Questions tagged [prime-factorization]

For questions about factoring elements of rings into primes, or about the specific case of factoring natural numbers into primes.

A natural number is prime if it has no positive divisors besides $1$ and itself. The fundamental theorem of arithmetic states that every natural number $n>1$ can be factored uniquely, up to a reordering of the factors, as a product of distinct prime numbers each raised to some power.

This concept holds in a more general setting though. A ring is called a unique factorization domain (UFD) if every non-unit element can be factored uniquely as a product of prime elements in the ring. The ring of integers is an example of a UFD.

1894 questions
13
votes
3 answers

Is there a name/notation for the sum of the powers in a prime factorization

Let $n=p_1^{\alpha_1}p_2^{\alpha_2}\cdots p_k^{\alpha_k}$, where $p_i$'s are distinct primes and $\alpha_i \geq 1$ for all $i$. Is there any name & notation for the number $\alpha_1 + \alpha_2+ \cdots + \alpha_k$?
RKR
  • 517
  • 3
  • 14
13
votes
2 answers

Finding the largest subset of factors of a number whose product is the number itself

Given a positive integer $x$, find $k$ distinct positive integers $y_1, y_2, \dots, y_k$ such that $$ x = \prod_{i=1}^k(1+y_i) $$ The problem is to pick the $y$'s so that $k$ is as large as possible. Now, if the restriction of distinctness of $y$'s…
Priyatham
  • 2,567
  • 14
  • 29
12
votes
1 answer

How does (21) factor into prime ideals in the ring $\mathbb{Z}[\sqrt{-5}]$?

The text of the exercise is the following: Show that $\mathbb{Z}[\sqrt{-5}]$ is a Dedekind domain, and that the identities $21 = (4+\sqrt{−5})\cdot(4 − \sqrt{−5})$ and $21 = 3 · 7$ represent two factorizations of $21$ into pairwise non-associate…
deh
  • 123
  • 1
  • 4
12
votes
2 answers

$K[x_1, x_2,\dots ]$ is a UFD

I wonder about how to conclude that $R=K[x_1, x_2,\dots ]$ is a UFD for $K$ a field. If $f\in R$ then $f$ is a polynomial in only finitely many variables, how do I prove that any factorization of $f$ in $R$ only have factors in these…
12
votes
1 answer

An old multiplication technique and its reverse for Integer Factoring

An ancient Indian multiplication technique is as follows: $$\array{ a=107 & +7 & (\text{base}\space r=100)\\ b=113 & +13 \\ \hline (a+b-r)=(107 + 13) & (7 \times 13) & \space\text{or}\\ (b+a-r)=(113 + 7) & (7 \times 13) \\ \hline 120…
vvg
  • 1,075
  • 3
  • 22
12
votes
3 answers

On the diophantine equation $x^{m-1}(x+1)=y^{n-1}(y+1)$ with $x>y$, over integers greater or equal than two

I don't know if the following diophantine equation (problem) is in the literature. We consider the diophantine equation $$x^{m-1}(x+1)=y^{n-1}(y+1)\tag{1}$$ over integers $x\geq 2$ and $y\geq 2$ with $x>y$, and over integers $m\geq 2$ and $n\geq 2$.…
12
votes
4 answers

What is notable about the composite numbers between twin primes?

Look at the composites between twin primes (A014574): $$ 4, 6, 12, 18, 30, 42, 60, 72, 102, 108, 138, 150, 180, 192, 198, 228, \\ 240, 270, 282, 312, 348, 420, 432, 462, 522, 570, 600, 618, \ldots \;. $$ Is there anything special about their…
Joseph O'Rourke
  • 29,337
  • 4
  • 72
  • 147
12
votes
2 answers

Expression for the highest power of 2 dividing $3^a\left(2b-1\right)-1$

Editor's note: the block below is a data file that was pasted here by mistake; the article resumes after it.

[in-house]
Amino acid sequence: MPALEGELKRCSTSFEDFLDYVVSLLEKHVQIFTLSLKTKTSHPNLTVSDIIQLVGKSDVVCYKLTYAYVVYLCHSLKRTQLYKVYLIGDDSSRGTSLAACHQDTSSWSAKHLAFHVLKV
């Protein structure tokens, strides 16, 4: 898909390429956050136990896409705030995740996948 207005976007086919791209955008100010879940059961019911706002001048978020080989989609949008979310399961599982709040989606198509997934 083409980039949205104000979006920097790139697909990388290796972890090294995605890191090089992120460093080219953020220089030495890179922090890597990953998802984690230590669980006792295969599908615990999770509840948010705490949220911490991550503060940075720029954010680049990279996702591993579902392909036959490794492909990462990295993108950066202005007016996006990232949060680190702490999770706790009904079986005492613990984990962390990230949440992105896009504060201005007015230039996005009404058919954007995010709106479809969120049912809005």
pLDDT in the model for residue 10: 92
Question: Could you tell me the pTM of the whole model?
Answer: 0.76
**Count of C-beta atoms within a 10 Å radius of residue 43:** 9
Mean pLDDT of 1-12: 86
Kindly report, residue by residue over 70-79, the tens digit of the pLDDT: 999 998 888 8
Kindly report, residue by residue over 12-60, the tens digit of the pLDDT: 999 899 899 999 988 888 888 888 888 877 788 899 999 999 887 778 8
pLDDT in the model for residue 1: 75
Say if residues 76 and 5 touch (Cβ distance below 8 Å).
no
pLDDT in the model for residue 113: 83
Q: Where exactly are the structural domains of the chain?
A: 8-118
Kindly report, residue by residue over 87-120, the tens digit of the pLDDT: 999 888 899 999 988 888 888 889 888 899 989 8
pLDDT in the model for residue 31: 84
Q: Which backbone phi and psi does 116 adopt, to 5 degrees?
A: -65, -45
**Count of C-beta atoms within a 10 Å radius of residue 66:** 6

Question: I am wondering if an expression exists for the highest power of 2 that divides $3^a\left(2b-1\right)-1$, in terms of $a$ and $b$, or perhaps a more general expression for the highest power of 2 dividing some even $n$? EDIT: This is…
12
votes
1 answer

$2^i - 2293$ is always composite?

Is $2^i - 2293$ always composite for $i=1,2,3,...$ ? I have known: if $2^i - 2293$ is prime, $i$ must have the form $i = 24 k+1$ In[2]:= Table[FactorInteger[2^i - 2293], {i, 1, 241, 24}] Out[2]= {{{-1, 1}, {29, 1}, {79, 1}}, {{173, 1}, {193943, …
a boy
  • 841
  • 4
  • 12
12
votes
2 answers

Consecutive numbers that share the same sum of prime factors

Let $f(n)$ denote the sum of the prime factors of $n$ (with multiplicity). I have been looking for pairs of consecutive numbers $n,n+1$ such that $f(n)=f(n+1)$. Case #$1$: $f(8)=f(2\cdot2\cdot2)=2+2+2=6$ $f(9)=f(3\cdot3)=3+3=6$ Case…
barak manos
  • 42,243
  • 8
  • 51
  • 127
11
votes
4 answers

Find the prime-power decomposition of 999999999999

I'm working on an elementary number theory book for fun and I have come across the following problem: Find the prime-power decomposition of 999,999,999,999 (Note that $101 \mid 1000001$.). Other than just mindlessly guessing primes that divide it,…
candido
  • 625
  • 5
  • 14
11
votes
1 answer

Prime factors of $\sum_{k=1}^{30}k^{k^k}$

I checked the prime factors of $$\sum_{k=1}^{30}k^{k^k}$$ and did not find any upto $10^8$ Are there any useful restrictions to accelerate the search ?
Peter
  • 78,494
  • 15
  • 63
  • 194
11
votes
4 answers

Why perfect square has odd number of factors

can someone please describe me why only the perfect square has odd number of factors.why does other number not has odd numbers of factors? I understand it but don't find any mathmetical proof.Please help me
11
votes
2 answers

Factoring a number of complex integers?

Say you are given a number (ex: $377$) and you express it in a form that allows you to factor it over the complex integers: Notice, $377 = 16^2 + 11^2$ Thus: $(16 + 11i) $ and $(16 - 11i)$ Are factors of our number. The way that people can use known…
11
votes
3 answers

Interesting thing about sum of squares of prime factors of $27$ and $16$.

Let $$n=p_1×p_2×p_3×\dots×p_r$$ where $p_i$ are prime factors and $f$ is the functions $$f(n)=p_1^2+p_2^2+\dots+p_r^2$$ If we put $n=27,16$ and $27=3×3×3$, $16=2×2×2×2$…